Jeremy Warner: Going green will cost us all a lot of money. Action on climate change is also about jobs, productivity and technology – all involving policies that will hit people in the pocket. The tough bit is matching words with action, for it is as plain as a pike staff that technology and markets alone are not magically going to deliver on what the politicians aspire to. Tough choices and costly policy will be needed to make it happen. Nonetheless, the politicians would not be making such pledges unless there was at least some chance of meeting them. What’s changed is the realisation that it is actually much easier and cheaper to achieve these goals than could have been imagined even five years ago, let alone when all this got going, around the time of the UK Climate Change Act back in 2008. It is that extraordinary reduction in likely costs, in combination with the job creating potential of the required energy transition, that has given the politicians the confidence to announce their ever more eye-catching commitments. The important consideration is quite how the Government proposes to get there, and on this front there is still very little flesh on the bone. Downing Street’s ten point plan for achieving its goal correctly identifies the areas where “something must be done” – transport, home heating, power generation, lifestyles, and so on – but almost wholly fails to answer the key questions of what and how. In its “Sixth Carbon Budget” report published last December, the climate change committee estimated the average “in year annual investment cost” of decarbonising the economy at £44.5bn. [But] the environmental benefits far outweigh the economic costs. Wealthier households can be required by law to meet the £10,000 to £15,000 cost of new heat sources, but it would be both unreasonable and very probably impossible to persuade lower income earners to shell out such an amount. No guidance has as yet been given by the Treasury as to how it intends to incentivise and/or pay for this investment.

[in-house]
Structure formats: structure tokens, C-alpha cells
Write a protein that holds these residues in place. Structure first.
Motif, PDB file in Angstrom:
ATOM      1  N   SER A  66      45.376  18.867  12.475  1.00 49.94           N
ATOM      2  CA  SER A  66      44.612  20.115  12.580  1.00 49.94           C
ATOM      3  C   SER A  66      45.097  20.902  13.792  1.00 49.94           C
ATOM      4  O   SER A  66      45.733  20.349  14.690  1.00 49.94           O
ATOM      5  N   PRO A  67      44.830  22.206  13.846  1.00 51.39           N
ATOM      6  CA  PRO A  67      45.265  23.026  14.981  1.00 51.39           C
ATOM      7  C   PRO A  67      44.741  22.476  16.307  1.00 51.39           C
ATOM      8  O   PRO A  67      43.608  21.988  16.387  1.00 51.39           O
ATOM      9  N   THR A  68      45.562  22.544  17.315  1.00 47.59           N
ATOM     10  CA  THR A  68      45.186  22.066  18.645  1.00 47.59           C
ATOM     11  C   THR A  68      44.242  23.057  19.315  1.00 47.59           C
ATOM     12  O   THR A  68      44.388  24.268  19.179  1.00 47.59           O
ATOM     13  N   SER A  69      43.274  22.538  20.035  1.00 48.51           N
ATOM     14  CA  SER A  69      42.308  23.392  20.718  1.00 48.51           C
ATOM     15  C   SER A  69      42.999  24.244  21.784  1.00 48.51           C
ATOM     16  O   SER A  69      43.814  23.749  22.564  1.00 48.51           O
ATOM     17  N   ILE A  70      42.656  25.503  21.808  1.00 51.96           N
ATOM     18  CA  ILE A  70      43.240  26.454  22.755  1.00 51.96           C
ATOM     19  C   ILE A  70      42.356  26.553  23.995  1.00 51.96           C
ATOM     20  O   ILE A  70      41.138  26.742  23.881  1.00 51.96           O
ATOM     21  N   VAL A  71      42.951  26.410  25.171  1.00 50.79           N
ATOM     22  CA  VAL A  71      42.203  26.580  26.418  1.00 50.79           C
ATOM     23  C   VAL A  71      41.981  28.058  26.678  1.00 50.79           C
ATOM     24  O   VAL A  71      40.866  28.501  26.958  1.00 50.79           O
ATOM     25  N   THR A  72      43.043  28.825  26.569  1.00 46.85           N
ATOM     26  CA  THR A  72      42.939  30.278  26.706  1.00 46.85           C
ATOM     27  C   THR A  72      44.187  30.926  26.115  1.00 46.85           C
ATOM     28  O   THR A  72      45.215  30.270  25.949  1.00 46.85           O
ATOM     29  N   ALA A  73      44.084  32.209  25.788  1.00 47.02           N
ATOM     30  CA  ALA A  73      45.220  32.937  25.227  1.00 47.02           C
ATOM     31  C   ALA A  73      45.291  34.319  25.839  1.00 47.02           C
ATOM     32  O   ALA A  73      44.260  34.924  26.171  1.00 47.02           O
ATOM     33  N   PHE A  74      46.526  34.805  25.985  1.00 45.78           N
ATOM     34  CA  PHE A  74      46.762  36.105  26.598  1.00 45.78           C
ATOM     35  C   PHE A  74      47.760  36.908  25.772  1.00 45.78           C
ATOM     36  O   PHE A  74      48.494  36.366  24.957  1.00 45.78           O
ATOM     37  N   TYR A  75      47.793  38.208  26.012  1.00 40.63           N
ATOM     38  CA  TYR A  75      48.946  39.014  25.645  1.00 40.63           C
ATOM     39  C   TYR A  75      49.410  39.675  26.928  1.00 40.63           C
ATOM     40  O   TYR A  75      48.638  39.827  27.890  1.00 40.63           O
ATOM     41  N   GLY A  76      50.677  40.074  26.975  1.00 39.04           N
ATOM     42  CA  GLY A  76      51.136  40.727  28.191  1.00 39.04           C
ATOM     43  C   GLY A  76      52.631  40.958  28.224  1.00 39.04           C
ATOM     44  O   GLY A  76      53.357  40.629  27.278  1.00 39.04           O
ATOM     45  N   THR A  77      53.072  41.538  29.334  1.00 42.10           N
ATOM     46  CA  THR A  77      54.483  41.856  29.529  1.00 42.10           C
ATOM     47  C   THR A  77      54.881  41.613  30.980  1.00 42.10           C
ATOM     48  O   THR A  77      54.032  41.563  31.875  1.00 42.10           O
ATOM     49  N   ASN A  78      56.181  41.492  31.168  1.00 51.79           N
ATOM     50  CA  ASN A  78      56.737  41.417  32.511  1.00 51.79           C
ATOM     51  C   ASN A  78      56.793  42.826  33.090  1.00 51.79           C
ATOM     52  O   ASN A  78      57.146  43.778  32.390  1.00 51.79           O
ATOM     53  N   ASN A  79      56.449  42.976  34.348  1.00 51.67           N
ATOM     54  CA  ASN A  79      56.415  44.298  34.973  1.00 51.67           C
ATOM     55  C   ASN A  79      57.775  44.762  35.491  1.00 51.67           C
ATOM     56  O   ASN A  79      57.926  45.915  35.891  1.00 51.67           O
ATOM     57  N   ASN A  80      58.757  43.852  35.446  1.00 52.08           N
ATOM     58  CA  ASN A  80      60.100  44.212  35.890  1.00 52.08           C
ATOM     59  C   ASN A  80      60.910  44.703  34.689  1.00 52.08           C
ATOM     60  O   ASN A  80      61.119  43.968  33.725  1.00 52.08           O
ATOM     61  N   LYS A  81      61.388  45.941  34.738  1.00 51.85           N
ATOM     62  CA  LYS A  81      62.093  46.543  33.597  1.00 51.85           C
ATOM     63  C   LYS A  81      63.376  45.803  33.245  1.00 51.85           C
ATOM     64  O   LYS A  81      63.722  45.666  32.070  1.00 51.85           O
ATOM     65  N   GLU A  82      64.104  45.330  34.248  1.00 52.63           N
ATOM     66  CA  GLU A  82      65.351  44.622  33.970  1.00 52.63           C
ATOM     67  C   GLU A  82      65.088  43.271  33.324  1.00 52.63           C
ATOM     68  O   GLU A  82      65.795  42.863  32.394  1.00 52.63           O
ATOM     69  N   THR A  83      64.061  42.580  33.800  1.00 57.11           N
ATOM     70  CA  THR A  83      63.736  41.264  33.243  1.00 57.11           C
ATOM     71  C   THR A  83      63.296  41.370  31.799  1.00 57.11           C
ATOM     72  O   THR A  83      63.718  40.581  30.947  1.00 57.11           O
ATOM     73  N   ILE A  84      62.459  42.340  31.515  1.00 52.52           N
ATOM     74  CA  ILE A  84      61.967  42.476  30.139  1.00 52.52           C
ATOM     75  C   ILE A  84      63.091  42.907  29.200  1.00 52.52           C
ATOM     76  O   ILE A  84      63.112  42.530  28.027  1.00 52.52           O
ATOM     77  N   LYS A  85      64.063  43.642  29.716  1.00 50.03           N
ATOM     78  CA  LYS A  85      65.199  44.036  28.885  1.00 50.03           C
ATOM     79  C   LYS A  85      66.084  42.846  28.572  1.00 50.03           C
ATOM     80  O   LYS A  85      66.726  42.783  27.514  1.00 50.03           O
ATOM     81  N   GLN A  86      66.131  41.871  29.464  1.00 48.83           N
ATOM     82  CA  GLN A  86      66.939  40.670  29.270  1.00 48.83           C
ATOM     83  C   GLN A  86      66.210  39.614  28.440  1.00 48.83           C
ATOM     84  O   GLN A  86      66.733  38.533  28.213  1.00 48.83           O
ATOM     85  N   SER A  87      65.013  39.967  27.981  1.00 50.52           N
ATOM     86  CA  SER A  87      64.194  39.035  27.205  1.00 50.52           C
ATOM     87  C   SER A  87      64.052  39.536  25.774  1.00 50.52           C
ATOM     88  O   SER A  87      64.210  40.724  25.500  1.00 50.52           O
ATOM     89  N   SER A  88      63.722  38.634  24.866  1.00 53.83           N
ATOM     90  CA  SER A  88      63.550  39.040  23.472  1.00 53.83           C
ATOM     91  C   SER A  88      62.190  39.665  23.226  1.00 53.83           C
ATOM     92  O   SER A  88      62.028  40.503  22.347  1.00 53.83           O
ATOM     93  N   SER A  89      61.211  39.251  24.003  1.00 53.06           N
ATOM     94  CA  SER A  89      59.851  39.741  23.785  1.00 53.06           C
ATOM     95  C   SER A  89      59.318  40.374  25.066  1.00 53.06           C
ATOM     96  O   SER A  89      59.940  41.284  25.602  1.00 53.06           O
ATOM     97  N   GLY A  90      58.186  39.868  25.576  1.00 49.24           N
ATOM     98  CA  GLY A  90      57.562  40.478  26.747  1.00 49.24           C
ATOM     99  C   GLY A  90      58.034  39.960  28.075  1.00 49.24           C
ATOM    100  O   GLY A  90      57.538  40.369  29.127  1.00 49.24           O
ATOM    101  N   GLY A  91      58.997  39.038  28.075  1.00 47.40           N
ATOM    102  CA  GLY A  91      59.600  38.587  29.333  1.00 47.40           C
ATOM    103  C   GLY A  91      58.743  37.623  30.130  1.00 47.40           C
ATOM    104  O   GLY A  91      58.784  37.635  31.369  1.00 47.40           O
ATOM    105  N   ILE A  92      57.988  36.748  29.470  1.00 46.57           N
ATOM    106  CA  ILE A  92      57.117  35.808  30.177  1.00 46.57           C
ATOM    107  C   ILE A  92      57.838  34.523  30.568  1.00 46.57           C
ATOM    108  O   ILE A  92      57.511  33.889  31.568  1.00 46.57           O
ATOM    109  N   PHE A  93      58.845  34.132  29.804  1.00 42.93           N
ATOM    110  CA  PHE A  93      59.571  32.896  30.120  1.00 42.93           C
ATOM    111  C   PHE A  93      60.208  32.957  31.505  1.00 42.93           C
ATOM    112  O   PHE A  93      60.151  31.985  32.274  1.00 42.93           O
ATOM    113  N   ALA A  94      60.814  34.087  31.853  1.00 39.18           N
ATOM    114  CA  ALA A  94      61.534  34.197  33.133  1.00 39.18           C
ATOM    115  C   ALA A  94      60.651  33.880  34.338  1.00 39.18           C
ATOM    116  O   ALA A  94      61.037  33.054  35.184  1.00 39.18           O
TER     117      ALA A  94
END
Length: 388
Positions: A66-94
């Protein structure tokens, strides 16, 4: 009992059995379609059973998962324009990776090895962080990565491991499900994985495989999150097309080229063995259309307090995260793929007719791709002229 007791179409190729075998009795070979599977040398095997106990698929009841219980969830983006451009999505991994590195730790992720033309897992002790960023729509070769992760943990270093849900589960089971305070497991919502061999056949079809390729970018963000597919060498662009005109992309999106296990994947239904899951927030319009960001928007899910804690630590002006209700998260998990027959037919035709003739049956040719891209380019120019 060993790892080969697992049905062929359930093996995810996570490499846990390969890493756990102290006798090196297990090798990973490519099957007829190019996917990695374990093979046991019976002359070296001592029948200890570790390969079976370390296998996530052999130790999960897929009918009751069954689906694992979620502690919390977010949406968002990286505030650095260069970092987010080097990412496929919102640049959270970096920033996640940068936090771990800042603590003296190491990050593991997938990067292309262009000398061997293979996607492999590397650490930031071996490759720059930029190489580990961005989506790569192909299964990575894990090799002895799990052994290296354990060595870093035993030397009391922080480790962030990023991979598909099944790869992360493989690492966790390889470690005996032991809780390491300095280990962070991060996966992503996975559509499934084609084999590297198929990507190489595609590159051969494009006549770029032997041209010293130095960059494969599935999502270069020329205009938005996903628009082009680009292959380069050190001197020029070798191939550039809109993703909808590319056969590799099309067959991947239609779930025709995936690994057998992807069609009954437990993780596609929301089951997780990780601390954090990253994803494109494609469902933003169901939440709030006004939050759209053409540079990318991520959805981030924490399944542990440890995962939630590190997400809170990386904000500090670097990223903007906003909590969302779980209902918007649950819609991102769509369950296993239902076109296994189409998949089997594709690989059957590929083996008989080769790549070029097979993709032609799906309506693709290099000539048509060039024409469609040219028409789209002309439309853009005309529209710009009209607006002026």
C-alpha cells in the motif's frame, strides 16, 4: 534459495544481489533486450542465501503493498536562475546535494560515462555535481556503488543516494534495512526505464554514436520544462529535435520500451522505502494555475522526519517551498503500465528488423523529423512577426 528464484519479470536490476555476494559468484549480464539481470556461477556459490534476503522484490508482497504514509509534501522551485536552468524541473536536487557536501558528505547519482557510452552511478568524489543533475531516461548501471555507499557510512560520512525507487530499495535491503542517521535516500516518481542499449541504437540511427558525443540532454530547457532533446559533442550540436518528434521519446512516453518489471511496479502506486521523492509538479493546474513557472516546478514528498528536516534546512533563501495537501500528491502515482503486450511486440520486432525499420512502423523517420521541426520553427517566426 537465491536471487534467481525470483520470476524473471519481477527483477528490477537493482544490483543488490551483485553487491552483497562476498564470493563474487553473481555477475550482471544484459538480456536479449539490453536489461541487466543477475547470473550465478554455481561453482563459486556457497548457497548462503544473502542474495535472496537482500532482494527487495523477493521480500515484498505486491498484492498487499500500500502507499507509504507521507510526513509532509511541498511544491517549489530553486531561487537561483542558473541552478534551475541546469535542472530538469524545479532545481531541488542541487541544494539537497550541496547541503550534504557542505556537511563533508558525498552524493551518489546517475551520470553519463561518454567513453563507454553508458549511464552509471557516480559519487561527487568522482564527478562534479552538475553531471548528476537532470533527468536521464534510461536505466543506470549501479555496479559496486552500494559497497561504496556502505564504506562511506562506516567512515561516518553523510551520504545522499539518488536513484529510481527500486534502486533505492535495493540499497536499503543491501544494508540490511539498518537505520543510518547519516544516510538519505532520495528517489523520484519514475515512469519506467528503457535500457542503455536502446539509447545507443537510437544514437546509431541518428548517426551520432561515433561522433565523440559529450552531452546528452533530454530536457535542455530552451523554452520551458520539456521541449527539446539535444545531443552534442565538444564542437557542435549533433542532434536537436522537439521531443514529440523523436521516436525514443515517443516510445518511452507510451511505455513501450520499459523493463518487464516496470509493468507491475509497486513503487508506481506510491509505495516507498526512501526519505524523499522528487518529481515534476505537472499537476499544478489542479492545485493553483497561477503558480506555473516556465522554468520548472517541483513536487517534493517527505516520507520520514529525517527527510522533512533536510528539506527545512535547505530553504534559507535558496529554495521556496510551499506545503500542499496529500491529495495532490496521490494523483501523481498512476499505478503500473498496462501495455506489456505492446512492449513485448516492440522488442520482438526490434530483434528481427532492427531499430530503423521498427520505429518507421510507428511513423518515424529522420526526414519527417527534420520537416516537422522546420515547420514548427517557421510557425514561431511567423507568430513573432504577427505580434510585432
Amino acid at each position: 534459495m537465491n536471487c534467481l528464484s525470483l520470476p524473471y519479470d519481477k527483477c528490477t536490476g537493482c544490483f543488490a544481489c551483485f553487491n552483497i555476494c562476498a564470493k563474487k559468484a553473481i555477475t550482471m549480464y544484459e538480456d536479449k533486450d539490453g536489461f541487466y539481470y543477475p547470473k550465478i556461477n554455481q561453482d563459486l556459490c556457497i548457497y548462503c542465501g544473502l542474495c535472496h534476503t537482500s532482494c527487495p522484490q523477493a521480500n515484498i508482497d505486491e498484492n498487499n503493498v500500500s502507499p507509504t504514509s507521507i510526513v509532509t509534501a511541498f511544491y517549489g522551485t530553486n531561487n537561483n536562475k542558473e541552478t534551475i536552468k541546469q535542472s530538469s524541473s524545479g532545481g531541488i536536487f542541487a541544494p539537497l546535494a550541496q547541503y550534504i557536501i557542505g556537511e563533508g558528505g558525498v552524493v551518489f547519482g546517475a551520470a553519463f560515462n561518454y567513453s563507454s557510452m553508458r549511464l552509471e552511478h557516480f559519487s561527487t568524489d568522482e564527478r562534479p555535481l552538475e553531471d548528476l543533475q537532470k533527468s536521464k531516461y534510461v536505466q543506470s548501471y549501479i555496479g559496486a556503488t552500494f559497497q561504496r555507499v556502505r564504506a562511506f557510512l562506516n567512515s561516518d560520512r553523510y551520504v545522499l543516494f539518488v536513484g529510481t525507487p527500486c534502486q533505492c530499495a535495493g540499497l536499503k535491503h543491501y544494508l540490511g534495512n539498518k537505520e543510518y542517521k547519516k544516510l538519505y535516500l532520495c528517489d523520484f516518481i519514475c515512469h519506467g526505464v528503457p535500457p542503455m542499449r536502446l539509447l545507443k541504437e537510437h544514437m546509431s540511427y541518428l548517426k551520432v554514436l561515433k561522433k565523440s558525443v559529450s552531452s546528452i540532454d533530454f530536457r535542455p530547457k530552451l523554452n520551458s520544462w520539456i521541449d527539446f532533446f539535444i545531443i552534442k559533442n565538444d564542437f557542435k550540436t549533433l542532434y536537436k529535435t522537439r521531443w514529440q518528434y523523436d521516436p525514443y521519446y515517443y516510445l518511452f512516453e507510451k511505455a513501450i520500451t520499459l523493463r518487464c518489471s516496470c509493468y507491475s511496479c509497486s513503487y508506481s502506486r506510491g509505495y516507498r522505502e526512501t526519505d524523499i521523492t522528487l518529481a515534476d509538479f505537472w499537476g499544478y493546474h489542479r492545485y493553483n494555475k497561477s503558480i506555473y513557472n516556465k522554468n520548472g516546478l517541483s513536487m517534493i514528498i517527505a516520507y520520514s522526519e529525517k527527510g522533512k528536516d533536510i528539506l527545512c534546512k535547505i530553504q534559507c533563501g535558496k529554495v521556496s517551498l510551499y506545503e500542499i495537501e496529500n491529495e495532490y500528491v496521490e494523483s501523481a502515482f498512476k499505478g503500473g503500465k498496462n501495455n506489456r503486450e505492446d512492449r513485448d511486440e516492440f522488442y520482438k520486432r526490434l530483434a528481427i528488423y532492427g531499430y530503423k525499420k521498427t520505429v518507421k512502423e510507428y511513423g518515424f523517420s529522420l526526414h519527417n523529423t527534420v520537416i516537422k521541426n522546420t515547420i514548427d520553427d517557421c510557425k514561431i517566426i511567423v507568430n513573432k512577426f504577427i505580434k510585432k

Telegraph 24th April 2021 read more »